Just Let Go

On the way to church one morning a friend shared the following story that was told to him by a Buddhist Monk. It originates from perhaps Malaysia or perhaps from some other parallel that is populated with monkeys. There the indigenous people employ an extraordinary method of capturing these creatures.

They take a coconut and carve a hole of a certain size into it. Through this hole they insert a few nuts; they then suspend the coconut on a rope, which is firmly attached to a cross member. When a monkey catches the scent of the nuts he reaches through the hole and wraps his fist around the nuts. While the hole is large enough for his slender hand to enter, it is not large enough for his clenched fist to be withdrawn. However, he will never open his fist to give up the nuts – never. He is thus doomed to be captured and eaten simply for not opening his fist and letting go, thereby escaping to enjoy his freedom.

By the time this article goes to press, I shall be on the doorstep of the New Testament. I will have perhaps even crossed over that threshold, with the end of my writing being nearly within my grasp.

So what’s my point?

My point is that I had expected to be much further along if not actually finished by now. This has become the source of a great anxiety. As we drove through the lush countryside with the implications of the monkey story still foaming inside my head, I thought, WAIT! Does anyone care about a deadline besides me? It doesn’t seem likely. I am supported on all sides simply for my efforts, and sometimes even with applause. Why, therefore, am I creating unwarranted stress for failing to achieve a self-imposed deadline? And it doesn’t stop there.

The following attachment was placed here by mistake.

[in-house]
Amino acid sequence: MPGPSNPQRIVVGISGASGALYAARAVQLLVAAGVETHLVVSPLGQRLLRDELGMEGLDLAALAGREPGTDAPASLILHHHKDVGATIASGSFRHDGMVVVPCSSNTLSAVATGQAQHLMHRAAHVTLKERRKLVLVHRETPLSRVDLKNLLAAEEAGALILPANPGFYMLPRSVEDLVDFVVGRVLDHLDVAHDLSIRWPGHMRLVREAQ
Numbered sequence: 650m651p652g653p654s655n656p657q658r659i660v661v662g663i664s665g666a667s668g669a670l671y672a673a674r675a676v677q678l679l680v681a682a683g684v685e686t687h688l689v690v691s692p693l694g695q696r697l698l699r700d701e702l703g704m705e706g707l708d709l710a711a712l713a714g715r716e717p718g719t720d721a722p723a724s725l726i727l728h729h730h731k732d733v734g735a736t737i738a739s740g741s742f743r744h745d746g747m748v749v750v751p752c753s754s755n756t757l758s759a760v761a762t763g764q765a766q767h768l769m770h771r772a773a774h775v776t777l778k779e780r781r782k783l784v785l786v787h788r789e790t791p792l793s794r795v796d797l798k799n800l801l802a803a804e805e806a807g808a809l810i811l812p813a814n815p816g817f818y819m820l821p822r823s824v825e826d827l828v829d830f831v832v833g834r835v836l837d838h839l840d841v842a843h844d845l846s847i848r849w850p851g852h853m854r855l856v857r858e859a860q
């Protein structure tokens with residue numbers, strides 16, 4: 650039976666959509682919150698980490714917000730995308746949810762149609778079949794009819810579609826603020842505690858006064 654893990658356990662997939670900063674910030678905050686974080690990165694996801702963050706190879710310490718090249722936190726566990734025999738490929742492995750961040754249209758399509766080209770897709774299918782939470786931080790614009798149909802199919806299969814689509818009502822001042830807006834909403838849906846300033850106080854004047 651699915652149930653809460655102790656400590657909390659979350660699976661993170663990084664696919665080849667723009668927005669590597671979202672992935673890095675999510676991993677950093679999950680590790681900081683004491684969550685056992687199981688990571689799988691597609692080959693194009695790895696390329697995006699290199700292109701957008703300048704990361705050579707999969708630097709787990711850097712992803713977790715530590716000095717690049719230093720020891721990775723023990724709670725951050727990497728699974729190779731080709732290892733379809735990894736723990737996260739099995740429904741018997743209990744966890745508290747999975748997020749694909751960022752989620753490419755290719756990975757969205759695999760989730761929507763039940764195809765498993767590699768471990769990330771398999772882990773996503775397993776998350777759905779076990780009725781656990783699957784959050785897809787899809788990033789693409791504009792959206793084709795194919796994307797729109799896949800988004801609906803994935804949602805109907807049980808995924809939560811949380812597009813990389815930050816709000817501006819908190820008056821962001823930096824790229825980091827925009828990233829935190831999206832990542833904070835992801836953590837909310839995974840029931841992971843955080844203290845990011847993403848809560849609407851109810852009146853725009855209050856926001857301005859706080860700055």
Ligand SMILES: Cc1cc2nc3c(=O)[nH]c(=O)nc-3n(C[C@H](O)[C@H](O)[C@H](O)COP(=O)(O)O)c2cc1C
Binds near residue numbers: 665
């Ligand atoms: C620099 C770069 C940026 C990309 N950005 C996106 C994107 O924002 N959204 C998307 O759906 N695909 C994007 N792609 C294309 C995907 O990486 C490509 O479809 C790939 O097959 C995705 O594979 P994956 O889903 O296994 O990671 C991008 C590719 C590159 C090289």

The myriad of my other unnecessary stresses are written upon a ribbon that extends well into infinity. It certainly is not in the best interest of my physical and emotional health. It would be more useful for me to remember that I’m on a strict schedule of chemotherapy, a three-tiered level of HIV cocktails, and a galaxy of other sleep-inducing medications and treatments that conspire to often keep me in bed long after the snooze alarm has given up its fight to roust me. At least the clock knows when to relent.

Ultimately, I have much to learn from the foolish nature of the monkey. I can easily see that having my anxieties clenched in a death grip will make me a captive to my own devices. Yet I continue to struggle against my own foolish nature – holding to an ingrained notion that the anxiety is somehow a motivator. Could that be true?

Suddenly I envision one of those monkeys having traded his freedom in the trees for a few nuts that he will never get to enjoy. He will all too quickly be slaughtered and thrown onto a heap of other dead monkeys. In the end as I find myself mired up to the knees in my own foibles, I have to ask myself. Am I smarter than a monkey? Well…it’s probably time for me to find out: don’t you think?

As published in the May 2012 issue of "St. Peter's Press," the monthly newsletter of St. Peter's Presbyterian Church in Spencertown, New York. At the time of publication, Phillip was nearly finished with the Apocrypha.